• Nope, that's not quite how it works either since you missed the part where the bank borrowed some amount (say $10) to cover your loan from the FED or overseas, and you deposited (or spent and the seller deposited) that $100 into another bank account. I suggest you read The Roving Cavaliers of Credit [debtdeflation.com] recently written by Steve Keen, which explains how a pure credit economy can function and how it can fail.
        • by Kjella (173770) on Tuesday April 14, 2009 @06:49AM (#27568331) Homepage

          1 year later I'm a bit stuck because I've paid off most of the loan to the FED but that last $5 is a real bitch because it just doesn't exist. So what do I do?

          If it's (hyper)inflation you spend it as soon as possible before it loses value until it collapses like the reichmark in 1920s germany or just recently the zimbabwean dollar. If it's stagflation you hoard it as money is increasing in value. What you're missing here is that somewhere, real value is produced. Imagine that there's 100$ total and there's 10 foobars, the only goods to trade so each is worth $10. Now there's a foobar maker, which produces another foobar - there's now 100$ and 11 foobars and the new market price is 9$. Who's earned value? The people sitting on a 10$ bill. Now imagine how well it works if everyone wants to sit on their 10$ bill.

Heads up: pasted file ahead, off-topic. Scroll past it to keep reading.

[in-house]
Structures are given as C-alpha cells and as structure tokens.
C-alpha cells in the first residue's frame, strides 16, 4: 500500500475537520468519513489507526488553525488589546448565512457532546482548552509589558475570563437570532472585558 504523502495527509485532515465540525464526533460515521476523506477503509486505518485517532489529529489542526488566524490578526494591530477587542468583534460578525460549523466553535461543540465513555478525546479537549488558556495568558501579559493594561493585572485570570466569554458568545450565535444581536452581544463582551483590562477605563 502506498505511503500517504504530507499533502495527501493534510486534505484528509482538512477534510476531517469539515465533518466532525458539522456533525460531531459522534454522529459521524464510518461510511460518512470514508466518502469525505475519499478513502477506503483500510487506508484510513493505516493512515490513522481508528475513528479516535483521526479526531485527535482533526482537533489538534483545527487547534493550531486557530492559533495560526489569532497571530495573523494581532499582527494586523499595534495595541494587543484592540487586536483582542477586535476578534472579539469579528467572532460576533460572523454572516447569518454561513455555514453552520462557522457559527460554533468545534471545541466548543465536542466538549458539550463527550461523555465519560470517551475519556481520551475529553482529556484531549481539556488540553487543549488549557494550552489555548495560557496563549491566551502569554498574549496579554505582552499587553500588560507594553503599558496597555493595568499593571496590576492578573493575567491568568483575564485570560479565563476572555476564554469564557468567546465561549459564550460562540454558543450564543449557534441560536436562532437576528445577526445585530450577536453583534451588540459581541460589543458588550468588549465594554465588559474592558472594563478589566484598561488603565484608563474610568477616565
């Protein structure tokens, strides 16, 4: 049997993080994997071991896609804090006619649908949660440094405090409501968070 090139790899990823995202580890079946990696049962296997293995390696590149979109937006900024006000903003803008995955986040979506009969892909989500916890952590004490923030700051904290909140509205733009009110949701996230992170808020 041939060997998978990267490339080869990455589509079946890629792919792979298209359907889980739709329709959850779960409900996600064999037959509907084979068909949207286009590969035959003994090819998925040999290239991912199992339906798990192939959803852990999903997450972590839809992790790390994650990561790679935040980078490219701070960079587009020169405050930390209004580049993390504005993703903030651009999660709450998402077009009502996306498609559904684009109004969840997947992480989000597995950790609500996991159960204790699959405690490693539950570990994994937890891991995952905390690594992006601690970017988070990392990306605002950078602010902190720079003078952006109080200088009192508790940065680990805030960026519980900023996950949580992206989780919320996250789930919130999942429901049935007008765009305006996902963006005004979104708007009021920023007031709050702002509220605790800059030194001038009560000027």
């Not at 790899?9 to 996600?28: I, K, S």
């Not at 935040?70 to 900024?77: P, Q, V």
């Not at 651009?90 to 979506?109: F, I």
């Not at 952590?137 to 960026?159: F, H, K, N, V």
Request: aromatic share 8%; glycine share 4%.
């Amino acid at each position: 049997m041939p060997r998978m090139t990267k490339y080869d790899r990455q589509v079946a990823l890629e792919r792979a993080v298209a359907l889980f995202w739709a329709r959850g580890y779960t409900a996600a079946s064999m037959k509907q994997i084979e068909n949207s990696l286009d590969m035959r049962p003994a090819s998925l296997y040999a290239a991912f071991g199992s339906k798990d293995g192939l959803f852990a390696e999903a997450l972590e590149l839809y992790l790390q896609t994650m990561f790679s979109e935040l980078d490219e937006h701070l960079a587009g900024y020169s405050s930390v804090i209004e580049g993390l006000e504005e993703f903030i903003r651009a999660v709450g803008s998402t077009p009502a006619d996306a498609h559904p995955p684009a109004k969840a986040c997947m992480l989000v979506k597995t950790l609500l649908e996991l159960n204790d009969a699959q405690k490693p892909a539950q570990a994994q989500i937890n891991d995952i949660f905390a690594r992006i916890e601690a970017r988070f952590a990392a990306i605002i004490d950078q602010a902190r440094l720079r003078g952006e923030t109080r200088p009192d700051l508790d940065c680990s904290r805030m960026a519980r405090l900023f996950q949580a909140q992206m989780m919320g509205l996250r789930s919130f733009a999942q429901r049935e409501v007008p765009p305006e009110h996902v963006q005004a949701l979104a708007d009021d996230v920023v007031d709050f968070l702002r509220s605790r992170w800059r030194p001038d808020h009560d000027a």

So what's the solution? To print money, they print one more 10$ bill and suddenly there's 110$ total and 11 foobars and the money market works. Of course they can fall to the temptation and print more money than actual growth, say 110$ and 10 foobars, meaning you can sell a foobar for 11$. The government basicly took part of the value out of everyone's 10$ bills. But people have a very simple way of fighting this - don't sit on money, sit on goods as printing money only increases prices. In those situations money is just an intermediary as you swap one good for another, you buy gold or a saner currency.